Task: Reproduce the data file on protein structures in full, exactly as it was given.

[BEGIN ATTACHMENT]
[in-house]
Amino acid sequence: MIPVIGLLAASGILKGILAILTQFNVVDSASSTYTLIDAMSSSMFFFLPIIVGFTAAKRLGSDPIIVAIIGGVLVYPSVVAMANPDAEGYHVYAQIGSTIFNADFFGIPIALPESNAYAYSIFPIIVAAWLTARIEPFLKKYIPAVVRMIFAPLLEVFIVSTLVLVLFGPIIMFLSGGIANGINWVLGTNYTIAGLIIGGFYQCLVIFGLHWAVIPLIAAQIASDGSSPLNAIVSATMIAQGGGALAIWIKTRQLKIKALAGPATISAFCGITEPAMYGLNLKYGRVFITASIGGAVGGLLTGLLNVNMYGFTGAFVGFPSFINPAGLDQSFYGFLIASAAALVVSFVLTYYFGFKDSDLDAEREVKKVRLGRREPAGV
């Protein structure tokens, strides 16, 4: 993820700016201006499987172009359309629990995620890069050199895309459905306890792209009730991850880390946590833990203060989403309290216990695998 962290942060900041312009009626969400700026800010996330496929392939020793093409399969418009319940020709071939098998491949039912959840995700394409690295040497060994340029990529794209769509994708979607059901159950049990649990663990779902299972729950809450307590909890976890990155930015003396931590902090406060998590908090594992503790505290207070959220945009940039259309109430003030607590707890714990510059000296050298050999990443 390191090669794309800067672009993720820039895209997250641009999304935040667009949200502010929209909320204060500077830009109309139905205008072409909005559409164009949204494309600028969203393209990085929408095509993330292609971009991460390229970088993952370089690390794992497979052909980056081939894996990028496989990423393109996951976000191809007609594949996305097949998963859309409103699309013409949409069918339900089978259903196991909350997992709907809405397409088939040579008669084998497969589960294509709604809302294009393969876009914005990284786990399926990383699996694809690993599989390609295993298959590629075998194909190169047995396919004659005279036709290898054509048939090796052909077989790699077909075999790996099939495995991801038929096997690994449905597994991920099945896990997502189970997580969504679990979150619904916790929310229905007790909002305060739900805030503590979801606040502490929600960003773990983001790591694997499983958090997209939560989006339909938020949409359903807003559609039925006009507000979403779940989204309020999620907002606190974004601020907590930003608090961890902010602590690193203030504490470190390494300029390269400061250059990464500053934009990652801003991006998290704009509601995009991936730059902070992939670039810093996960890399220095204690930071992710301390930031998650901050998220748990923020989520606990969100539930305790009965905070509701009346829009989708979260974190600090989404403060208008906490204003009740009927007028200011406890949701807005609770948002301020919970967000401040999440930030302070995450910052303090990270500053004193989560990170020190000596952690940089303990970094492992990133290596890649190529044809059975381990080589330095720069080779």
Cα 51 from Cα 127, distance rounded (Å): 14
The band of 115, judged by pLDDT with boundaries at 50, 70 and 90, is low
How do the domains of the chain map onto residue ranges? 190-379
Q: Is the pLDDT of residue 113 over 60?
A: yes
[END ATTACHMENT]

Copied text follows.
[in-house]
Amino acid sequence: MIPVIGLLAASGILKGILAILTQFNVVDSASSTYTLIDAMSSSMFFFLPIIVGFTAAKRLGSDPIIVAIIGGVLVYPSVVAMANPDAEGYHVYAQIGSTIFNADFFGIPIALPESNAYAYSIFPIIVAAWLTARIEPFLKKYIPAVVRMIFAPLLEVFIVSTLVLVLFGPIIMFLSGGIANGINWVLGTNYTIAGLIIGGFYQCLVIFGLHWAVIPLIAAQIASDGSSPLNAIVSATMIAQGGGALAIWIKTRQLKIKALAGPATISAFCGITEPAMYGLNLKYGRVFITASIGGAVGGLLTGLLNVNMYGFTGAFVGFPSFINPAGLDQSFYGFLIASAAALVVSFVLTYYFGFKDSDLDAEREVKKVRLGRREPAGV
């Protein structure tokens, strides 16, 4: 993820700016201006499987172009359309629990995620890069050199895309459905306890792209009730991850880390946590833990203060989403309290216990695998 962290942060900041312009009626969400700026800010996330496929392939020793093409399969418009319940020709071939098998491949039912959840995700394409690295040497060994340029990529794209769509994708979607059901159950049990649990663990779902299972729950809450307590909890976890990155930015003396931590902090406060998590908090594992503790505290207070959220945009940039259309109430003030607590707890714990510059000296050298050999990443 390191090669794309800067672009993720820039895209997250641009999304935040667009949200502010929209909320204060500077830009109309139905205008072409909005559409164009949204494309600028969203393209990085929408095509993330292609971009991460390229970088993952370089690390794992497979052909980056081939894996990028496989990423393109996951976000191809007609594949996305097949998963859309409103699309013409949409069918339900089978259903196991909350997992709907809405397409088939040579008669084998497969589960294509709604809302294009393969876009914005990284786990399926990383699996694809690993599989390609295993298959590629075998194909190169047995396919004659005279036709290898054509048939090796052909077989790699077909075999790996099939495995991801038929096997690994449905597994991920099945896990997502189970997580969504679990979150619904916790929310229905007790909002305060739900805030503590979801606040502490929600960003773990983001790591694997499983958090997209939560989006339909938020949409359903807003559609039925006009507000979403779940989204309020999620907002606190974004601020907590930003608090961890902010602590690193203030504490470190390494300029390269400061250059990464500053934009990652801003991006998290704009509601995009991936730059902070992939670039810093996960890399220095204690930071992710301390930031998650901050998220748990923020989520606990969100539930305790009965905070509701009346829009989708979260974190600090989404403060208008906490204003009740009927007028200011406890949701807005609770948002301020919970967000401040999440930030302070995450910052303090990270500053004193989560990170020190000596952690940089303990970094492992990133290596890649190529044809059975381990080589330095720069080779």
Cα 51 from Cα 127, distance rounded (Å): 14
The band of 115, judged by pLDDT with boundaries at 50, 70 and 90, is low
How do the domains of the chain map onto residue ranges? 190-379
Q: Is the pLDDT of residue 113 over 60?
A: yes